Page 1124

facility are the equivalent of incarceration; thus, the Cox comparison is between restrictions on the parolee at a facility and restrictions on the parolee when he was in prison.

Recognizing this problem, in his brief to this Court, Medina states:

Cox clearly burdens the parolee with proving specific facts showing a loss of liberty that equates with incarceration during Board ordered treatment. [Medina] concedes that if all he established at his [e]videntiary [h]earing was that pre-release inmates also resided at that facility, he cannot meet his burden under Cox. ...
Rather than rest his hope for relief on another convert to the dissenting view in Harden, [Medina] implores the Court to look to Judge Friedman's prescient concurrence in Torres and find that the parolee who proves that the place of his residential treatment was a [CCF] meets his burden of establishing that he was not at liberty on parole when he establishes that he suffered at least the same restrictions as pre-release inmates serving a state sentence at that same facility. [Medina] submits that he met his burden by establishing that his [sic] was subject to all the rules required of the state inmates.

Br. for Pet'r at 18-19 (emphasis added).

Contrary to Medina's assertions, the Board here did not find Medina established he suffered the same restrictions as pre-release inmates serving state sentences at Liberty Management CCF. Rather, the Board here credited Director's testimony, finding: " Although pre-release inmates were also at this facility at the time that [Medina] was a resident, [Director] provided credible testimony that the programming[5] is completely different for the pre-release inmates. In addition, the procedure in place for notification of an unauthorized walk out or failure to return was different." Bd. Op., 9/23/13, at 2 (emphasis added). In light of the Board's supported finding that the programming is " completely different" for pre-release inmates and parolees, C.R. at 42-43; N.T. at 17-18, Medina did not clearly show he was subject to the same restrictions as pre-release inmates under DOC's custody.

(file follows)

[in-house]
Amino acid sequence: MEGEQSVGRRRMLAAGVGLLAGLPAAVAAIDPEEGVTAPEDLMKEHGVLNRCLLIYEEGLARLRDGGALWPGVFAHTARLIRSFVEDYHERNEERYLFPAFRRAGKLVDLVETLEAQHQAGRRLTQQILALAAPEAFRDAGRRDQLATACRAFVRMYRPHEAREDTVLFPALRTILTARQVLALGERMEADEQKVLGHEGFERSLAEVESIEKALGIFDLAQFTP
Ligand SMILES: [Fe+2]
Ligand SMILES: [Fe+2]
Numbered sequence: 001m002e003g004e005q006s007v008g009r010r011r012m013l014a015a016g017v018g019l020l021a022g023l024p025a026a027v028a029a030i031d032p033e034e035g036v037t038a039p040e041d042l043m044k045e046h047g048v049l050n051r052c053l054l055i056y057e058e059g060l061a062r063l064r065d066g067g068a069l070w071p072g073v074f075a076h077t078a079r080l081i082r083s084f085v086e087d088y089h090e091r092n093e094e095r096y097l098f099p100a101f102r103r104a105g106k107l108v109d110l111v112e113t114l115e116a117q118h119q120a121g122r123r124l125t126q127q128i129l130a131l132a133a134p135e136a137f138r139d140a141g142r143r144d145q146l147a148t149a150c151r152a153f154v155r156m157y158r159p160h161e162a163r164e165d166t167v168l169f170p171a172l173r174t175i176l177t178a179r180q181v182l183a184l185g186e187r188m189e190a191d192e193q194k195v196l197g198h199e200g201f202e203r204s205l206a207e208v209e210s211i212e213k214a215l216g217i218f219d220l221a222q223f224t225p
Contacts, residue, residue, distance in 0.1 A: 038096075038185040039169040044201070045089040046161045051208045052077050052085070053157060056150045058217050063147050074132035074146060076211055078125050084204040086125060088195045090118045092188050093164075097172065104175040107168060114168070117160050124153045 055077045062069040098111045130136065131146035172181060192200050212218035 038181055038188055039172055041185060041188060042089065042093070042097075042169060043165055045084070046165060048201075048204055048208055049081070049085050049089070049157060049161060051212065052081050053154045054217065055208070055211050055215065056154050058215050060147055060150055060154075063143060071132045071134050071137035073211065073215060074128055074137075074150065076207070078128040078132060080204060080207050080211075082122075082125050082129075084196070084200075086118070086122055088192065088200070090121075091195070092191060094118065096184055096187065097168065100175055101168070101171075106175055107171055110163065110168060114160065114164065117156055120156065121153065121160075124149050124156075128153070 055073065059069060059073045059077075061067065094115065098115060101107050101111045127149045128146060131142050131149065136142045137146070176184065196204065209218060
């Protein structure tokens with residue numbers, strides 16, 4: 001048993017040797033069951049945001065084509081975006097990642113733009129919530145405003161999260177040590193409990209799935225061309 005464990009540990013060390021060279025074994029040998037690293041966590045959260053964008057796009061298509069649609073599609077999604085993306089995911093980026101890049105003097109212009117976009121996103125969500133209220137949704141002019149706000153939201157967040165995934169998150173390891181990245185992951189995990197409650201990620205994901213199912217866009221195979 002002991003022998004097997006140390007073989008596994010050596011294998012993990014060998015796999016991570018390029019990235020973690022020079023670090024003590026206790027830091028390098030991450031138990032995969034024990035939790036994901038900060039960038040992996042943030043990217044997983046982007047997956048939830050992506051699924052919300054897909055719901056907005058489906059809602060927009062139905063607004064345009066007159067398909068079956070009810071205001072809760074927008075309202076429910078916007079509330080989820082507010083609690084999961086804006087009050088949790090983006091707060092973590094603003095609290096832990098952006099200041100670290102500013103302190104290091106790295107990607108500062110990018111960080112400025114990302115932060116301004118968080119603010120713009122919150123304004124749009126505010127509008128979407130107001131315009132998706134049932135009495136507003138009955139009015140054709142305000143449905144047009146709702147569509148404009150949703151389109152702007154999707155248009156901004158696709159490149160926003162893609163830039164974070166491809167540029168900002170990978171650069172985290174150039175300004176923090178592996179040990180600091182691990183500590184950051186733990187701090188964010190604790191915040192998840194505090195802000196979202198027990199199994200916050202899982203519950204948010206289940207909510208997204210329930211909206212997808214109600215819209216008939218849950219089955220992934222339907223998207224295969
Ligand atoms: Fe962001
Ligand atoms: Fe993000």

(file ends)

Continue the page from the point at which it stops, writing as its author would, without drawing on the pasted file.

While the testimony regarding the programming lacks additional detail, Medina's attorney had the opportunity for further inquiry. Moreover, the specificity of the testimony is a matter to be weighed by the fact-finder, not a matter to be re-weighed by this Court under the guise of a " substantial evidence" review. We must defer to the Board, as fact-finder, on this factual issue rather than opting for our own interpretation of the evidence. See Pastuszek v. Pa. Bd. of Prob. & Parole, 118 Pa.Cmwlth. 6, 544 A.2d 1051 (Pa.Cmwlth. 1988) (it is the Board's exclusive province as fact-finder to assess the credibility of witnesses and assign the appropriate weight to their testimony; the Board is free to reject even uncontradicted testimony).

Of further significance, and as briefly alluded to at the Cox hearing here, C.R. at 43; N.T. at 18, DOC's pre-release program no longer exists. Indeed, at oral argument the Board's counsel informed this Court of the cessation of the pre-release program. This fact, coupled with changes to the statutory regime governing parolees, see 61 Pa. C.S. § § 5003, 6138,

Page 1125

as well as policy changes, make clear that the fact pattern now before us will not be repeated going forward. For this additional reason, the " sea change" advocated by Medina is unavailing.[6]

Finally, the argument offered by Medina has the potential for absurd consequences. For example, a parolee in a CCF could be granted credit for his stay because there were pre-release inmates also residing at the facility at the same time, but another parolee at the same facility and under the same restrictions would not be granted credit if there were no pre-release inmates there during his stay. Similarly, a parolee in a CCF could be granted part credit for his stay because there were pre-release inmates residing at the facility for part of the time, but the same parolee under the same restrictions would not be given credit for the remainder of his stay if there were no re-release inmates at the facility for the entire length of his residency. Because of these potential consequences, it is more prudent to adhere to the Supreme Court's Cox analysis than to adopt some other method.

For all the foregoing reasons, we affirm.

ORDER

AND NOW, this 15th day of July, 2015, the order of the Pennsylvania Board of Probation and Parole is AFFIRMED.

DISSENTING OPINION

PELLEGRINI, PRESIDENT JUDGE

Section 21.1a(a) authorizes the Board to recommit a parolee who, " during the period of parole ... commits any crime punishable by imprisonment, from which he is convicted or found guilty by a judge or jury or to which he pleads guilty or nolo contendere at any time thereafter...." If the Board recommits a parolee as a convicted parole violator under this provision, he is required to serve the remaining term of imprisonment that he would have had to

Page 1126

serve if he had not been paroled and is given no credit for time spent " at liberty on parole." 61 P.S. § 331.21a(a).[1]

The Parole Act does not define the phrase " at liberty on parole." However, in Cox v. Pennsylvania Board of Probation and Parole, 507 Pa. 614, 493 A.2d 680 (Pa. 1985), our Supreme Court explained that " at liberty on parole" means " not at liberty from all confinement but at liberty from confinement on the particular sentence for which the convict is being reentered as a parole violator." Id. at 683 (quoting Haun v. Cavell, 190 Pa.Super. 346, 154 A.2d 257, 261 (Pa. Super. 1959)), cert. denied, 363 U.S. 855, 80 S.Ct. 1618, 4 L.Ed.2d 1737 (1960). It went on to explain that there is a need to determine whether " the restrictions on [parolee's] liberty [at the rehabilitation center] were the equivalent of incarceration" entitling him to " credit for the time spent in the program." Id. at 683.